On Feedback

6881178_f260 Getting and receiving feedback is part of the professional lifecycle. At some companies, it’s a bi-annual (or even annual) meeting with a superior that entails some kind of compensation or promotion discussion. At others, it happens on a weekly or monthly cadence.

But in all jobs, we receive some sort of feedback on an almost daily basis in some form or another. Formal feedback ordinarily entails what is known at most companies as “360 feedback”: comments from peers, superiors and direct reports to encapsulate a full picture of your work. It is parts positive, parts constructive and sometimes parts confusing.

For people who are new to the process, positive reinforcement can seem like the most powerful thing. Getting a pat on the back for great work done is what everyone wants to hear – it’s like earning an A on a paper. We often cringe at the constructive stuff: the idea of people publishing negative things about us and focusing on weaknesses is nerve-racking at best. It’s taken me a long time to understand the value of the “negative” but in reality, the feedback simply serves as constructive criticism to make ourselves perfect.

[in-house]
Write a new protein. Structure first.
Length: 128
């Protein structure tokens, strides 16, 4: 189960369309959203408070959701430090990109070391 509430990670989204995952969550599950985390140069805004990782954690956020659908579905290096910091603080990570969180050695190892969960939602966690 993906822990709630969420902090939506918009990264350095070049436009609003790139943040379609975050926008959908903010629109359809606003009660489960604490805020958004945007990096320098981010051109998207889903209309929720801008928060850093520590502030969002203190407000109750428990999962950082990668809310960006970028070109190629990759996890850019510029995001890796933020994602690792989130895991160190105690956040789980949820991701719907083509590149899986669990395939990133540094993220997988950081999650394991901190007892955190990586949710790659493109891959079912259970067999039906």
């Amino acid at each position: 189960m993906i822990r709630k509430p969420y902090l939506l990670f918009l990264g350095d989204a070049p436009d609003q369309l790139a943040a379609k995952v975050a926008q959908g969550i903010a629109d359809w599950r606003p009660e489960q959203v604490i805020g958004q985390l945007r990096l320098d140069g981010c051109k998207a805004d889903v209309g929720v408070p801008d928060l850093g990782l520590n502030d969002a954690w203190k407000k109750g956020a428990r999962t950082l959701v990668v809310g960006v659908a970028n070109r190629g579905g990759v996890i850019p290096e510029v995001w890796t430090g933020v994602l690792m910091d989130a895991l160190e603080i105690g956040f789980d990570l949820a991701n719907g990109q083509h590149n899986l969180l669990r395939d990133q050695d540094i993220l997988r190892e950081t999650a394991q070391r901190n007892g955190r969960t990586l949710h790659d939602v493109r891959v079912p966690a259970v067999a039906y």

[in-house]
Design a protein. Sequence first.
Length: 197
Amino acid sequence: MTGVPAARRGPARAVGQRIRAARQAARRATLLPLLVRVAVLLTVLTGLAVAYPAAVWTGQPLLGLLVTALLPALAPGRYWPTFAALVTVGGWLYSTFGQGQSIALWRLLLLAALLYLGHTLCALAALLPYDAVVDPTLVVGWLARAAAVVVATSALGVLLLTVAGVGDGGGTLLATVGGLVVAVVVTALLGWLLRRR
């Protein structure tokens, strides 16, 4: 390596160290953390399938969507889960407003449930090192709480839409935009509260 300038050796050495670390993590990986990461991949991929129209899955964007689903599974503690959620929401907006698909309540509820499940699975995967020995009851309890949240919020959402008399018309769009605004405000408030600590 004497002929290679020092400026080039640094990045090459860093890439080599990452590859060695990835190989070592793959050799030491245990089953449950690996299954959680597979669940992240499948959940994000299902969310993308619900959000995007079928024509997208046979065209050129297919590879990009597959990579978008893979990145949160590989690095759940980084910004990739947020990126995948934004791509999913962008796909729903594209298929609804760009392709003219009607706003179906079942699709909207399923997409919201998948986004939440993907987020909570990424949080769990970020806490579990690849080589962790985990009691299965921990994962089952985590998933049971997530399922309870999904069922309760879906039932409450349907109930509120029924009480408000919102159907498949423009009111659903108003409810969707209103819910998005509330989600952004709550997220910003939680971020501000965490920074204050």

As a result, I can’t stress enough the importance of receiving constructive feedback. Nobody is perfect, and the only way we’ll become better professionals and individuals is to hear other people’s commentary on our work. The criticism can range from individual skill development to professional demeanor to public presence. Almost everything (professional, within reason) is fair game, and trust me it’s worth hearing. Ordinarily once you hear it, you’ll begin to notice it and course correct rather quickly. And the advice goes both ways: don’t be afraid to provide with critical feedback on a regular cadence. It’s nothing personal, and the other party will likely be grateful for your opinion.

Taking constructive criticism can mean thickening up your skin. It’s hard, and so I try to solicit feedback as often as possible. By receiving it constantly, you become better at digesting the hard stuff. It also makes it less alarming than receiving an onslaught of things to improve. Another way to soften the blow of receiving constructive feedback is to have the person delivering it write it out for you and give it to you to read (either before or during the meeting) so that it’s easier to divorce the subject saying the words from the words themselves.

No matter what, treat the subject with dignity. Thank the person for taking the time to improve you, and generally speaking, write it down! You’ll be more inclined to go back to it without the rest of the emotions later on.

Anyone else have good methods for coping with receiving feedback? Feel free to Tweet me @ellenjdasilva.

On Feedback

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